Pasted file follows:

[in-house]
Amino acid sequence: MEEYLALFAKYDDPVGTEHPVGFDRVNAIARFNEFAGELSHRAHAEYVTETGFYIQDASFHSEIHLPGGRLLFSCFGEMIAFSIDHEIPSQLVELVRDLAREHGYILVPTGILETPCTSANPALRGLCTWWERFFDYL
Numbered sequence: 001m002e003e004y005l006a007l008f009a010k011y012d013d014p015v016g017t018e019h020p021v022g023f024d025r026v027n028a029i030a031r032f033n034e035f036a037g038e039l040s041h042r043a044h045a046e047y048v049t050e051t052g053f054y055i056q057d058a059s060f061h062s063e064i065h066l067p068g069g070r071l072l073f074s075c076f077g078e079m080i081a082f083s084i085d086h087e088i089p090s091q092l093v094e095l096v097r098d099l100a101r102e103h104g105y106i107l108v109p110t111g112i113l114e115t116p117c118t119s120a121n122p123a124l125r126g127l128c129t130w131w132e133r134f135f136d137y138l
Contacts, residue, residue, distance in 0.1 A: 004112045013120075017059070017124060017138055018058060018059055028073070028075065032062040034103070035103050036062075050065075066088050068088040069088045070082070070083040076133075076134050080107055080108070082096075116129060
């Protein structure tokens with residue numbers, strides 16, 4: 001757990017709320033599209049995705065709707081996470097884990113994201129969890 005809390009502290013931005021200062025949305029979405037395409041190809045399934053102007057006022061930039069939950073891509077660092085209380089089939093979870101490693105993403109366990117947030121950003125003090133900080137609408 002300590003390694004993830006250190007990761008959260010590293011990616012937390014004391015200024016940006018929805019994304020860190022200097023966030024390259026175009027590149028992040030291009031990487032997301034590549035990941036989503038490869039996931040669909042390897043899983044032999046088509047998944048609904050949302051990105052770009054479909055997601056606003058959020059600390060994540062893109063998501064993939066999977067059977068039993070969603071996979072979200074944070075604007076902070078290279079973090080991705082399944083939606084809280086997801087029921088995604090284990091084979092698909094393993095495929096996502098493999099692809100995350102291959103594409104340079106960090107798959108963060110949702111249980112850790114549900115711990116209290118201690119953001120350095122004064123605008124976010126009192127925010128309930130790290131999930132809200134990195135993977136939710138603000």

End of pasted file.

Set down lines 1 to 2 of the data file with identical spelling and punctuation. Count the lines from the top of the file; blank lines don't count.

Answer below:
[in-house]
Amino acid sequence: MEEYLALFAKYDDPVGTEHPVGFDRVNAIARFNEFAGELSHRAHAEYVTETGFYIQDASFHSEIHLPGGRLLFSCFGEMIAFSIDHEIPSQLVELVRDLAREHGYILVPTGILETPCTSANPALRGLCTWWERFFDYL